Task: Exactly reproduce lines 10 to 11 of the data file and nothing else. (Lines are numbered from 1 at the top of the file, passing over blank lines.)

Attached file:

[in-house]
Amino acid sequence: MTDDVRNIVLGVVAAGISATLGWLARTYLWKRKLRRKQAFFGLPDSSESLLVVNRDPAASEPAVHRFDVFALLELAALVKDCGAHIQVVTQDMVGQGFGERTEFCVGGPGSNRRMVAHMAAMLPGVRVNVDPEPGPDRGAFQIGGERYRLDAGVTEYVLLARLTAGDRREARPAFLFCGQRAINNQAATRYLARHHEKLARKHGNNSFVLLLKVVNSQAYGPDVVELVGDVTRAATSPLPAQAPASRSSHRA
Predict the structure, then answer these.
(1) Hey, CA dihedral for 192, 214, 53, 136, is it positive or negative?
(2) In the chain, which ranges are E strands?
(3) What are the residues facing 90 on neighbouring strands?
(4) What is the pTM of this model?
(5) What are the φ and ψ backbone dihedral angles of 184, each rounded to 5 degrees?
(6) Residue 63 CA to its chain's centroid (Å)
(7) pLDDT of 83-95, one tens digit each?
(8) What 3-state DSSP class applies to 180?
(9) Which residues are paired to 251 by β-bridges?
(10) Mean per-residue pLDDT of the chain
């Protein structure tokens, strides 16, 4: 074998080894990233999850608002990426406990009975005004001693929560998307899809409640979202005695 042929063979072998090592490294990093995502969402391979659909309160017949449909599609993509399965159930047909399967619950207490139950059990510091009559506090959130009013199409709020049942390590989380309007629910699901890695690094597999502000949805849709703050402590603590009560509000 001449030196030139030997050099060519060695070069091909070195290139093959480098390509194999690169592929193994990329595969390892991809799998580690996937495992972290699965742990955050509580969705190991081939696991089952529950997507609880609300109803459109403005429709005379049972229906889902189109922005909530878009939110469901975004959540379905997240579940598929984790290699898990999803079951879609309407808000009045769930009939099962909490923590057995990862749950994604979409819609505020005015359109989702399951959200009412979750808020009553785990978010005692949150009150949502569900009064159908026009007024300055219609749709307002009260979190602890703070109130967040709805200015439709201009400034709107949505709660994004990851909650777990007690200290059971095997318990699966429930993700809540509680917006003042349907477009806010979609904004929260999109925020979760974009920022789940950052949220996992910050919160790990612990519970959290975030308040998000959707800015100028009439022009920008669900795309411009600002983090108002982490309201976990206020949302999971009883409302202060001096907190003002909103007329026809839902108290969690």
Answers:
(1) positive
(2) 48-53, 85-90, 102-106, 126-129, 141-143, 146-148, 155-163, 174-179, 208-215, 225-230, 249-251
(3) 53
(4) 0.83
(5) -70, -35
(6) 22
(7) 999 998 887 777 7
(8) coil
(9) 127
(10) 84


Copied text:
(7) pLDDT of 83-95, one tens digit each?
(8) What 3-state DSSP class applies to 180?